By learning the backstories of each client you pick up, you end up learning more about the driver. Night Call’s writing is clever and candid, and surprisingly very nuanced. You quickly learn that Houssine is an amazing three-dimensional character with a wonderful heart under a gruff, quiet, shielded shell of a man (much to his in-game chagrin). You learn that he was married, and that one of his informants was the man that “stole his wife.” You learn that he had a brother who was killed – and all fingers point to Huussine as the killer – until small tidbits of information are learned that he was given a second chance at life because of his dead brother. Houssine quickly takes on the role of therapist to his passengers, and you realize that sometimes people just really need to talk out their issues to someone willing to listen: and in this case, their cab driver. Besides, what are the odds that they will really see Houssine again?

There are more instances of socially and politically aligned conversations with passengers, but there are also very zany and wild passengers that help lighten the cop-noir mood. In The Judge, a mysterious woman spontaneously appears in Houssine’s cab and claims that she is from the future. She warns that the world and they know it will be destroyed by the antichrist, a demon-child that Houssine will eventually find in The Angel of Death. Players will also come across a black cat as a passenger, and later the cat’s owner, trying to find her pet. Other characters you may come across can be a pregnant woman criticising the UK for Brexit, two women after their date with a potential sperm donor, a vigilante ridding the Parisian streets of scum, self-proclaimed vampires on their way to find their next “kill,” and many more. Night Call doesn’t fail datrawing you in with colourful characters with their own little stories that help add to the bigger picture, which broaden its dark story into something uniquely clever and refreshing to play.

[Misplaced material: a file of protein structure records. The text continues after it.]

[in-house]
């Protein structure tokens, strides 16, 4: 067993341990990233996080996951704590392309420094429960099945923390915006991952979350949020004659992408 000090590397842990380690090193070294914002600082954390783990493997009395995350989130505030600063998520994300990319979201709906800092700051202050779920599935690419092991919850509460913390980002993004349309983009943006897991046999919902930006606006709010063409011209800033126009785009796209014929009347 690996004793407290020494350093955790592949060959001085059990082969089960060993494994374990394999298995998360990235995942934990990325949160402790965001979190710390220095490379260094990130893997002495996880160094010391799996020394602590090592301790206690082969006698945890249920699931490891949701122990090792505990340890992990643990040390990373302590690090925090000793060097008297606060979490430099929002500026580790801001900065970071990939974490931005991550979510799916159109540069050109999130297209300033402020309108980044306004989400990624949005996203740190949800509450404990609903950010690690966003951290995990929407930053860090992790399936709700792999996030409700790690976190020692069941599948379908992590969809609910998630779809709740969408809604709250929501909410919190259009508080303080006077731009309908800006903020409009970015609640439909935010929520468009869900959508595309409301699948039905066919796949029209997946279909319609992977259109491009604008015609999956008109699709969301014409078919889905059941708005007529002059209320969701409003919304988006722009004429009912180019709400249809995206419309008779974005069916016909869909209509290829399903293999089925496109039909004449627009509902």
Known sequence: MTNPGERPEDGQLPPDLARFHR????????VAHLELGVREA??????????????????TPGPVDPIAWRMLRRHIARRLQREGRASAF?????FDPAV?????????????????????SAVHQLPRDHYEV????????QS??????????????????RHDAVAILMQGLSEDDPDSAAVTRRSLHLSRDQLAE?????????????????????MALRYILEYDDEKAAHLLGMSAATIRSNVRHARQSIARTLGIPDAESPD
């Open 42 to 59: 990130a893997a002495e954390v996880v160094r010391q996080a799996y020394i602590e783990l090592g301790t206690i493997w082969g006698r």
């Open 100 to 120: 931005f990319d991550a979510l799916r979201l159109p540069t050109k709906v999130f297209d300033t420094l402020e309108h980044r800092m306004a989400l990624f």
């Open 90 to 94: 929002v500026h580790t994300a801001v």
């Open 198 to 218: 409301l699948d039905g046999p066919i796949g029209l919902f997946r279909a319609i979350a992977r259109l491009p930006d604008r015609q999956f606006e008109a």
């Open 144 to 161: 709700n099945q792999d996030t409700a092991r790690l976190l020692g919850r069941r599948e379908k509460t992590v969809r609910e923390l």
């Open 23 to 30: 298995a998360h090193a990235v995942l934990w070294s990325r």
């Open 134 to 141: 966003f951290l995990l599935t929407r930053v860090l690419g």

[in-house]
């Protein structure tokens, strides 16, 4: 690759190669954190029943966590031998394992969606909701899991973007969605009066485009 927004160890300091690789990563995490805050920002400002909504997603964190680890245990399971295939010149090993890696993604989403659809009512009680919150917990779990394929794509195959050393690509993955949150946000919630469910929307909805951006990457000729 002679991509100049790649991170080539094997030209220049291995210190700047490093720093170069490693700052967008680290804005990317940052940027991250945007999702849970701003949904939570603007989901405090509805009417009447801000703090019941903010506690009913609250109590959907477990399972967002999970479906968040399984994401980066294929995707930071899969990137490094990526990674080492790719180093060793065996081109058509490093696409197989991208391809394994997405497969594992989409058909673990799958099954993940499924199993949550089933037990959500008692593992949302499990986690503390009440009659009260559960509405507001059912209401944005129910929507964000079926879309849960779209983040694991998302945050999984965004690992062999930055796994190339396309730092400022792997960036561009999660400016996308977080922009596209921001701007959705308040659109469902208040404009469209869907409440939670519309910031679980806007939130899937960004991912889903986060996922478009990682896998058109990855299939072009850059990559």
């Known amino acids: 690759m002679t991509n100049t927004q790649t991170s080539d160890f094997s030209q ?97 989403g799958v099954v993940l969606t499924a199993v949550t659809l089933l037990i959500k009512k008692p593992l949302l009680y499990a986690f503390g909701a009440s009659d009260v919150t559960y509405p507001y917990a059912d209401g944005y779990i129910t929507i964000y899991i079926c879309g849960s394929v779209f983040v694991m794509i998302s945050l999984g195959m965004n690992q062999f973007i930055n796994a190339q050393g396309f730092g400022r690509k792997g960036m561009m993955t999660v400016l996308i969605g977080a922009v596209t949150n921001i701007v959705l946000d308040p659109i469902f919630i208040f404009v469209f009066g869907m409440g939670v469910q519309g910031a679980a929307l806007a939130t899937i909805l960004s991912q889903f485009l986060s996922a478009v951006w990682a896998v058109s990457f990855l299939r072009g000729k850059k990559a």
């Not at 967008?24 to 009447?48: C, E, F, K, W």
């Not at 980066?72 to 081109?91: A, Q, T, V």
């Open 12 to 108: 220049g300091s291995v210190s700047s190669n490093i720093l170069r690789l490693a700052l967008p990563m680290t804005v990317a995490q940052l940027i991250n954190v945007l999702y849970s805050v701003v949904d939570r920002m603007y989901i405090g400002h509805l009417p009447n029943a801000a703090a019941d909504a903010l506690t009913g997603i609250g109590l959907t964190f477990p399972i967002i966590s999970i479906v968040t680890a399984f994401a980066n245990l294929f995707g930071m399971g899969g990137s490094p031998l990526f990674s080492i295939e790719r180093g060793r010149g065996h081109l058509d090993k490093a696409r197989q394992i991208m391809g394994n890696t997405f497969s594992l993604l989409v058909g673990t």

The map’s UI is beautiful and learning the mechanics is fairly easy to figure out. My favourite experience in the game was the beginning, where Houssine wakes up in the hospital bed. The nurse asks him if he could hear her, and if he asks her to speak louder, the subtitle text gets bigger. I thought that was a fun little addition to the UX and makes adjusting the accessibility a function of the game instead of having to navigate towards the menu settings.

The only cons I need to point out from this otherwise amazing game are that, aside from little adaptations regarding different killers, the dialogue largely remains the same throughout each mission. There is a large portfolio of characters you can meet on your night route, but after playing through the first two killers, you will probably have met more than half of them. By then, you’ll already know how to navigate the conversation to get the information or clues that you will need. This repetition makes Night Call drag on a little too slow and was one of the few things I disliked about it.

What is hard about this game is that once you have played through the missions, you probably won’t want to play again more than once. The stress and suspense of the murder-mystery genre adds to the experience, but once you find out who-did-it, that aura is lost. You can finish each mission in about two hours, so you probably won’t get through over eight or ten hours of play time unless you want to win perfect conversations with each passenger. However, for the curious minds who want to learn more about passengers, there is a Free Roaming mode, where you can drive around and find passengers without the limitations of money, wasting gas, or the clock. This is a fun mode if you are interested in learning more about the passengers without losing track of the killer.

If you are looking for a beautifully crafted, point-and-click murder mystery, Night Call is your game.

REVIEW CODE: A complimentary PC code was provided to Bonus Stage for this review. Please send all review code enquiries to editor@bonusstage.co.uk.

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Night Call Review
  • Gameplay - 9/10
    9/10
  • Graphics - 9/10
    9/10
  • Sound - 9/10
    9/10
  • Replay Value - 9/10
    9/10
User Review
0 (0 votes)
Comments Rating 0 (0 reviews)
Overall
9/10

Summary

If you are looking for a beautifully crafted, point-and-click murder mystery, Night Call is your game.